Lefebvre hosted a similar fundraiser in 2007, collecting $11,500 to drill water wells in the country — more than three times what he had hoped.

“It was a month from the time I came up with the idea to the time we had the party, so I never would have thought of raising $11,500, that’s for sure,” he said, adding that he is hoping for a similar total this time around.

After the 2007 fundraiser, Lefebvre travelled with McCaffery to Cambodia to see the money he had raised put into action.

“He showed me the poorest of the poor areas,” Lefebvre said, adding that those who come to this year’s fundraiser will be treated to a photo slideshow from his 2007 trip. “I had never been to a third-world [country] or anything; it was definitely an eye-opener.”

“It made me pretty proud of how everyone in St. Albert came together to support this,” he added. “It wasn’t me; it was the people … just know how generous people are knowing I couldn’t give them a tax receipt or anything. They gave from their heart, and it’s amazing.”

The Cambodia Hope Centre is run by Brandon McCaffery, a fellow St. Albertan and Lefevbre’s long-time friend.

Lefebvre said he got involved raising money for the centre after McCaffrey, who has been in Cambodia since 2000, returned to Canada in 2007 to help his mother after she had a stroke.

“We were going to the gym, working out, and he was telling me about all the things he sees there,” he said. “I said to my wife, ‘What do you think if I have a fundraiser for Brandon?’”

While the initial estimate for each well was $1,400 US plus labour, Lefebvre and McCaffrey were able to stretch those dollars a lot further and do many more projects.

“We did 15 water wells, we did a dugout — one town wanted a dugout — and we [installed] solar power [panels] on the hospice that Brandon has there,” he said. “We also sponsored a teacher for six months to teach English; that cost $300.”

This time around, the money will go towards food, staffing and basic operational costs for the hospice.

Cambodia is one of the poorest countries in the world, having been ravaged by a civil war that raged from the late 1960s to the late 1990s.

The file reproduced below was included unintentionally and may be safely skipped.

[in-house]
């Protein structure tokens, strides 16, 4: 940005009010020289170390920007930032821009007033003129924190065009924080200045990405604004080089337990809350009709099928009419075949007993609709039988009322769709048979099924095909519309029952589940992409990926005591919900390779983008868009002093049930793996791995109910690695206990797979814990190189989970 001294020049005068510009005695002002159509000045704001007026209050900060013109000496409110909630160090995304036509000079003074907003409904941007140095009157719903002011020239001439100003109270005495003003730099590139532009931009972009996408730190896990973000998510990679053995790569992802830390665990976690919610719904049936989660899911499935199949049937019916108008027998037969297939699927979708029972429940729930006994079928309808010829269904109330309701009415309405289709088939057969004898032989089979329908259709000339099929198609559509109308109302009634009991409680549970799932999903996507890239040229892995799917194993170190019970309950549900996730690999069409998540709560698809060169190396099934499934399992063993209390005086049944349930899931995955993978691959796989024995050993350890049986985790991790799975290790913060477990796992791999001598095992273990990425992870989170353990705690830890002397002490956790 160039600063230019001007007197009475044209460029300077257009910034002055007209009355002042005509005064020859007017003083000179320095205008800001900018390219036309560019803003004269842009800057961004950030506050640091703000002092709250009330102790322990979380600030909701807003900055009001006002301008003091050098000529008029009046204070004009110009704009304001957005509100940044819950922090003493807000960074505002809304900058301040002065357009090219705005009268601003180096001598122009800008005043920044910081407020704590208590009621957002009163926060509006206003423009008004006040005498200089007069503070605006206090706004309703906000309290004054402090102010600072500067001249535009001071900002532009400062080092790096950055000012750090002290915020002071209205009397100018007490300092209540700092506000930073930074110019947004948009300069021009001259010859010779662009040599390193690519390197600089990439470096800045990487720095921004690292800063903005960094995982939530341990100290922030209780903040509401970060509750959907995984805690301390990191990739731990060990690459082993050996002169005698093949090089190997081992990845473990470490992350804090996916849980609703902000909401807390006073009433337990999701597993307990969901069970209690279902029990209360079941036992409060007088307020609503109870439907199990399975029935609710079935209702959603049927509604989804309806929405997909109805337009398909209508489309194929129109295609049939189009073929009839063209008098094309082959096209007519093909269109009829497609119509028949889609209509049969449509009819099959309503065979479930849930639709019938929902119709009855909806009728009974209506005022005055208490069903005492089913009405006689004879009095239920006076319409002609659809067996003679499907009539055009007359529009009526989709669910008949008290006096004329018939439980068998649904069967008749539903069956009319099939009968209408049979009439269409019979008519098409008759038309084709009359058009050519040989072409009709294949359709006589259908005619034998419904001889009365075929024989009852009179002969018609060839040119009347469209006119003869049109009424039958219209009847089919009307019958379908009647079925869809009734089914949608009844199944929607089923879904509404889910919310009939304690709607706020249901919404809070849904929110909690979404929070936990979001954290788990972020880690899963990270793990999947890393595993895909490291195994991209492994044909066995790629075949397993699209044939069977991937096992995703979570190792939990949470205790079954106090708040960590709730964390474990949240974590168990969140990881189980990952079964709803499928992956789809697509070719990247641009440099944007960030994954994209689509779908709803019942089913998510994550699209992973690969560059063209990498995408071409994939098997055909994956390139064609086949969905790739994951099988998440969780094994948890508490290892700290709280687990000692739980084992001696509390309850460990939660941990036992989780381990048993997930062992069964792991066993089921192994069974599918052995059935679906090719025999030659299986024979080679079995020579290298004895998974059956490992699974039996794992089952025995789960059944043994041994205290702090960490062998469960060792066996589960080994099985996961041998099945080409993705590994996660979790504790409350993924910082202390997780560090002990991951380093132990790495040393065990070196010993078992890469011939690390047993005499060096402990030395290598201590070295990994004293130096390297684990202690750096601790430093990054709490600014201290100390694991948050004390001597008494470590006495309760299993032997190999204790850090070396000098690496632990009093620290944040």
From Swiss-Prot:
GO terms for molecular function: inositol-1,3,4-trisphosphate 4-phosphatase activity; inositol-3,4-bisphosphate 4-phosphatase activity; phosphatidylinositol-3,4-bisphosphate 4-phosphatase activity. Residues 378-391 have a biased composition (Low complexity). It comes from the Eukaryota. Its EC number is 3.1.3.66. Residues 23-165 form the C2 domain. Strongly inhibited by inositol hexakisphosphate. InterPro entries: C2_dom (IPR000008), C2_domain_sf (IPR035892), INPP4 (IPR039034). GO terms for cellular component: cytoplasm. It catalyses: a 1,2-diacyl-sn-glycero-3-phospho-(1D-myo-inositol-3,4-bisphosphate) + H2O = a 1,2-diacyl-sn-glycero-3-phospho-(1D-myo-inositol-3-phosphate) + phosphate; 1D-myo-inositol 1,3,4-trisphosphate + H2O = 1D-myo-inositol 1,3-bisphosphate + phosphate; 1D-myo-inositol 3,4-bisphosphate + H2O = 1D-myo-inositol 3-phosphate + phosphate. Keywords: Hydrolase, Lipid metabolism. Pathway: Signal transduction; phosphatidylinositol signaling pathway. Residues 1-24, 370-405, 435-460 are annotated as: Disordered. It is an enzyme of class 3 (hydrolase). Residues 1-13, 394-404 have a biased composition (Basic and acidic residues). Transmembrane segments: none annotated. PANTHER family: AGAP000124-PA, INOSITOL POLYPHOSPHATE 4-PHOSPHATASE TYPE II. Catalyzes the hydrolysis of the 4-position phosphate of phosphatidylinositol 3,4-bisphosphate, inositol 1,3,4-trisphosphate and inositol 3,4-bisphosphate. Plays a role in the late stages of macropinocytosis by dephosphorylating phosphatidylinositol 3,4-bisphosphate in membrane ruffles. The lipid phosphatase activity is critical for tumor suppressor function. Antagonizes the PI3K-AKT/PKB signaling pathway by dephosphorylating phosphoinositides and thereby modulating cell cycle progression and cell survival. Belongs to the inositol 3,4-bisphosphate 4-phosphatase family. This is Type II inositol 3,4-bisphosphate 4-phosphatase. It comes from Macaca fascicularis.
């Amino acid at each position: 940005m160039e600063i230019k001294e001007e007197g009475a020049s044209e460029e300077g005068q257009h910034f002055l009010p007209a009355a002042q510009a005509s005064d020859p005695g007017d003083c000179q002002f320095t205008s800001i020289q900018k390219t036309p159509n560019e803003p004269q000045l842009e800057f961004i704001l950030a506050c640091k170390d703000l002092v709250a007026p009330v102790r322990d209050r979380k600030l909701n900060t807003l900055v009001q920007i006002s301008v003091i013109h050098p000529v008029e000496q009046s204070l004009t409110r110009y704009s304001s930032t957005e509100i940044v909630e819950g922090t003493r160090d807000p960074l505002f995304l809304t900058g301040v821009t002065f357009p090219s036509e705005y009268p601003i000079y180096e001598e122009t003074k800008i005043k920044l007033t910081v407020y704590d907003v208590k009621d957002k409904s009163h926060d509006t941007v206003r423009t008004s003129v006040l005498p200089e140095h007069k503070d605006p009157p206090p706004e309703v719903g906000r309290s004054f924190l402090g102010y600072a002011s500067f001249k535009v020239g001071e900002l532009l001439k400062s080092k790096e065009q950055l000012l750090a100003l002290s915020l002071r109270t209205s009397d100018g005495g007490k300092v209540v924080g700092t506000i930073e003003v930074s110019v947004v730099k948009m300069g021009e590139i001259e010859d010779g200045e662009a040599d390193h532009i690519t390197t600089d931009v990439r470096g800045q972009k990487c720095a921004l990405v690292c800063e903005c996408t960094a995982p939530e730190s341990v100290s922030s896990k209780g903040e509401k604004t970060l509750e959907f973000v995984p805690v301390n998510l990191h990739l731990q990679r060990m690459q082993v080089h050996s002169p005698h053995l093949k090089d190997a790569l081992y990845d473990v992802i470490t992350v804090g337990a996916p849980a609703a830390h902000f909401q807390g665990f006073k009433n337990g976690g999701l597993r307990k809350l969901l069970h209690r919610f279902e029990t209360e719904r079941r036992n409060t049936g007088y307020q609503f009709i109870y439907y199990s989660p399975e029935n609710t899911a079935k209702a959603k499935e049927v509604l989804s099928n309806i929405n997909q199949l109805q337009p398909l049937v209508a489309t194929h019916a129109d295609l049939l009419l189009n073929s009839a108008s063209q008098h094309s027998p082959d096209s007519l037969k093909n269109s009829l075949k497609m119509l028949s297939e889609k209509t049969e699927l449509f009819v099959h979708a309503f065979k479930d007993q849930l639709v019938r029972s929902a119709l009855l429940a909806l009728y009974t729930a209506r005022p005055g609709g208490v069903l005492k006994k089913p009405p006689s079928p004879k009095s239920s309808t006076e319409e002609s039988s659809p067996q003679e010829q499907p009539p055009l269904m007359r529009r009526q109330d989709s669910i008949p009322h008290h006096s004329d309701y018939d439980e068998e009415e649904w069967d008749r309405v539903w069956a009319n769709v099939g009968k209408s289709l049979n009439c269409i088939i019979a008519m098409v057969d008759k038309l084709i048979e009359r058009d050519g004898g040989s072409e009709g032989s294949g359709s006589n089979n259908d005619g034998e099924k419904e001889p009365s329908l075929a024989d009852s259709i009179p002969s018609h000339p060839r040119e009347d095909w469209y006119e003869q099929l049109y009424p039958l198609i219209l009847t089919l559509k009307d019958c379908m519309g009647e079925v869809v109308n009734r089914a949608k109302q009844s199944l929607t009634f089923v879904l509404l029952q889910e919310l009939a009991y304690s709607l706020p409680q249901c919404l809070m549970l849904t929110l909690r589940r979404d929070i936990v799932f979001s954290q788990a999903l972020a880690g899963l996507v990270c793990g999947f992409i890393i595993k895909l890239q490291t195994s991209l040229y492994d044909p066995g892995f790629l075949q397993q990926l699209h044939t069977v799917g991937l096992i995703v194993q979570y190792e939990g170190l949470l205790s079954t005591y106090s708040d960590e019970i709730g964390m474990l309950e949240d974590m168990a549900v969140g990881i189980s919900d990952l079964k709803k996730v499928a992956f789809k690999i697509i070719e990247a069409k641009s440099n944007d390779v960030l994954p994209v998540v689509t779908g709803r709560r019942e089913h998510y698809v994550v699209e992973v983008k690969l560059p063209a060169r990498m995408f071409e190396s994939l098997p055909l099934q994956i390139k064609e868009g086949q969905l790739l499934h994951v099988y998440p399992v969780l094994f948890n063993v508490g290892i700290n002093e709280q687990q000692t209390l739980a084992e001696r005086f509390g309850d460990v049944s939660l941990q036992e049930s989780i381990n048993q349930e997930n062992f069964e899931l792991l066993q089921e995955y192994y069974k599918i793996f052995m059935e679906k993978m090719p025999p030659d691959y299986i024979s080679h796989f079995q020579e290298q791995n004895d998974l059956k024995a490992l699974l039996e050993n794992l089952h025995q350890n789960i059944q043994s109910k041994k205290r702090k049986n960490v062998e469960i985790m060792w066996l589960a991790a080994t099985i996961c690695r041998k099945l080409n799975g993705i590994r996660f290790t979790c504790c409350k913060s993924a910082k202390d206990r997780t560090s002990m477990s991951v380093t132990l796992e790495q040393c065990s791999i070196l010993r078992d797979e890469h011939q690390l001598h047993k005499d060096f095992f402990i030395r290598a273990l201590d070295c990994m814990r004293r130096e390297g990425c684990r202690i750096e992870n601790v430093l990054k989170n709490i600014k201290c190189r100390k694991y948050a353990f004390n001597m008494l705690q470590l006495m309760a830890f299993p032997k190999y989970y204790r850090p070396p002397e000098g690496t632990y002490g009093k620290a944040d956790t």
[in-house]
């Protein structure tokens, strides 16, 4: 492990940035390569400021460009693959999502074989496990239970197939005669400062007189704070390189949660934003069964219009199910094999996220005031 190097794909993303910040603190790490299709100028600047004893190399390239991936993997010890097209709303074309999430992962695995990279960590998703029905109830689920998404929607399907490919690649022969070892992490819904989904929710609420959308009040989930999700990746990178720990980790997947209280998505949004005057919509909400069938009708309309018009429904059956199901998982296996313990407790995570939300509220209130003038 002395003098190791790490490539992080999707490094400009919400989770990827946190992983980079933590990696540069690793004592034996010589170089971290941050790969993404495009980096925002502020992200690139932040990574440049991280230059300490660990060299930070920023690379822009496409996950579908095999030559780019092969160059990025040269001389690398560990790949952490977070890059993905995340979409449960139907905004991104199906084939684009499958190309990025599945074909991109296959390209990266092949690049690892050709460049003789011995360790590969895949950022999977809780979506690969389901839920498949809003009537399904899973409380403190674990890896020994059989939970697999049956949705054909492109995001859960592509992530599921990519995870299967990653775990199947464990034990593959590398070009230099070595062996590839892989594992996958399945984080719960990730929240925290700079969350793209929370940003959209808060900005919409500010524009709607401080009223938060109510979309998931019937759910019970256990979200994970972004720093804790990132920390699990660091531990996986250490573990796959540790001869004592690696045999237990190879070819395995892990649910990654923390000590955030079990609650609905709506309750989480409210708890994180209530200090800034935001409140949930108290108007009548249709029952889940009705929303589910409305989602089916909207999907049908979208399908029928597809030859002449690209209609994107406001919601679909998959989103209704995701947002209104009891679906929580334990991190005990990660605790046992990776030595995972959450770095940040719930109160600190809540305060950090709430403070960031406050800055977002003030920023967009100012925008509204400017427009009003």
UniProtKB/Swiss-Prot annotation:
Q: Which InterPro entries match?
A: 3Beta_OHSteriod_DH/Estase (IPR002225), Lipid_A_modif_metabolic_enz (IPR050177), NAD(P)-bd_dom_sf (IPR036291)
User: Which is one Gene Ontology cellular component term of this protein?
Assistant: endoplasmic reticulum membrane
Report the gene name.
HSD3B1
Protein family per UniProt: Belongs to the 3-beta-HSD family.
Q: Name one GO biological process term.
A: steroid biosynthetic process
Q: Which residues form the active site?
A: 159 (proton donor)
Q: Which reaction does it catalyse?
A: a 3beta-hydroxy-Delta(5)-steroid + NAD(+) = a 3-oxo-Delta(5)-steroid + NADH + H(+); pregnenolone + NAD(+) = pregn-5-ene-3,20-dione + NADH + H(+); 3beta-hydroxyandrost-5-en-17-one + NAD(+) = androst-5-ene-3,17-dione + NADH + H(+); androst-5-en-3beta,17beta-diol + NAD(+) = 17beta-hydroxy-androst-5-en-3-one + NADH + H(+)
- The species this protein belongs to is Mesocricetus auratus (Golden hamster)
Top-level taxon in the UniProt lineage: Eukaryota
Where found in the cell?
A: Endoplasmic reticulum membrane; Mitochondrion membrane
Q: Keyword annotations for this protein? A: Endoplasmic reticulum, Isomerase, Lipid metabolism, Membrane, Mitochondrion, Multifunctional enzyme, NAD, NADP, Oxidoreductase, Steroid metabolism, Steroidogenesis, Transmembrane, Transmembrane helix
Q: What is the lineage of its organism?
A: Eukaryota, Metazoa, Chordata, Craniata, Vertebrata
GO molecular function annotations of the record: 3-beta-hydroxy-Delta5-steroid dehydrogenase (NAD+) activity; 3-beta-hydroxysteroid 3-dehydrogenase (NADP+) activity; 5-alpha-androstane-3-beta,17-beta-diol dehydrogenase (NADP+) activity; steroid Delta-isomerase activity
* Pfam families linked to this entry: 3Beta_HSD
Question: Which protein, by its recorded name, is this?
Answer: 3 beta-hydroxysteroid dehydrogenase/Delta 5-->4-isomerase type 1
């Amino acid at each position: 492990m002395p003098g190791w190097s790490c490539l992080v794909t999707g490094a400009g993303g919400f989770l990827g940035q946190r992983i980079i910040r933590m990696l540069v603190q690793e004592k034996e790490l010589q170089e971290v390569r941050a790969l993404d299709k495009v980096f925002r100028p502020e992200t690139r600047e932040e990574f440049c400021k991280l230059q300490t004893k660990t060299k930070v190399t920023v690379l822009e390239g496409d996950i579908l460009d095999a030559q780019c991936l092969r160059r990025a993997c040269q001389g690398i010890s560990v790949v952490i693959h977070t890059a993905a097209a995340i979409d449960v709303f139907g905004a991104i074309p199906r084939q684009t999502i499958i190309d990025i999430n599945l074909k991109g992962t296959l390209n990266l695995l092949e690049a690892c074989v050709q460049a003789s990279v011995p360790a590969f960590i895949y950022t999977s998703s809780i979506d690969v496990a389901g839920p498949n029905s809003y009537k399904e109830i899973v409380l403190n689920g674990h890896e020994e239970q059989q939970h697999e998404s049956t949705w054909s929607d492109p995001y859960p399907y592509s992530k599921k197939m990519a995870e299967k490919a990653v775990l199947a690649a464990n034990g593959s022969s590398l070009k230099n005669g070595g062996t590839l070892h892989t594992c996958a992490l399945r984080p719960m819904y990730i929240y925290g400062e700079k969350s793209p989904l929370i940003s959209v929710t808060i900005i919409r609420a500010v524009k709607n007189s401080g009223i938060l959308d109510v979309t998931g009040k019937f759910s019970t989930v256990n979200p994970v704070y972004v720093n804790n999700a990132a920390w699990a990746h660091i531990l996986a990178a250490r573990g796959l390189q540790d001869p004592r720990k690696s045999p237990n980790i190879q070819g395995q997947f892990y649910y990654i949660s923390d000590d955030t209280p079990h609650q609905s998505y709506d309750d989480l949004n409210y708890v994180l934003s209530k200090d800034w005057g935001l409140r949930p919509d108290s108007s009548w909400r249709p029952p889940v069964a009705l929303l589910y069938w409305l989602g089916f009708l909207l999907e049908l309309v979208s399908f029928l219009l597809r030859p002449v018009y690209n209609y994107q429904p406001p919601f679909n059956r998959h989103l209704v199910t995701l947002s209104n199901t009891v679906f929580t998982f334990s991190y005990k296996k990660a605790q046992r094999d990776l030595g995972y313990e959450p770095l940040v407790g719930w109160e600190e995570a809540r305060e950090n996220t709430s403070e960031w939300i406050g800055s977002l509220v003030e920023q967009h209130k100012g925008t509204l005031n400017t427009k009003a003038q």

Families are allowed to stay at the hospice for six to 12 months at a time. While there, treatment drugs are provided by the Bill Gates Foundation, and the women are learning to sew toques that are sold in New Zealand, but Lefebvre and McCaffrey hope to bring them to Alberta soon as well.

“To take someone that was begging on the streets and make them self-sufficient, you can’t say enough about that,” he said, adding that McCaffrey hopes the money the women earn from the sale of the toques will help the hospice pay for itself within a year.

“They’ll be able to make the decision on what they are helping with,” he added. “These ladies with HIV will be helping out villages and might bring them a better understanding [of the disease].”

While the need is great, Lefebvre said he couldn’t see himself putting on a fundraiser more often than every three years, because he doesn’t want to wear down businesses with requests for sponsorships or donations.

“Every three years would be more comfortable for me. Then you’re not knocking on the doors of people constantly,” he said. “I think they appreciate it — I know I sure would, as a business owner — not getting bugged by the same person every year for a good cause.”

The Cambodia Hope Centre fundraiser will be held on Saturday, Nov. 13, at the Kinsmen Banquet Centre (47 Riel Dr.) in St. Albert. Cocktails are at 5:30 p.m., with dinner to follow at 6:30 p.m. Entertainment will be provided by classic rock band The Tomatoes.

Tickets are $25 each and are available by calling Lefebvre at 780-975-4895 or by visiting D’Arcy’s Meat Market (#118, 205 Carnegie Dr.).

There will also be a silent auction at the event, and Lefevbre is still looking for donations for that. Anyone who can donate items is asked to call him at 780-975-4895.

Business friendliness in Cambodia declines

via CAAI

Friday, 05 November 2010 15:01 Matthew Backhouse

CAMBODIA’S business friendliness has declined in world rankings despite gains for exporters and entrepreneurs, according to a World Bank report.

The Making a Difference for Entrepreneurs report, which compared business regulations across 183 economies, ranked Cambodia 147th place for the ease of doing business, down from 145th place last year.

The drop came despite improved rankings in the ease of foreign trade and starting new companies.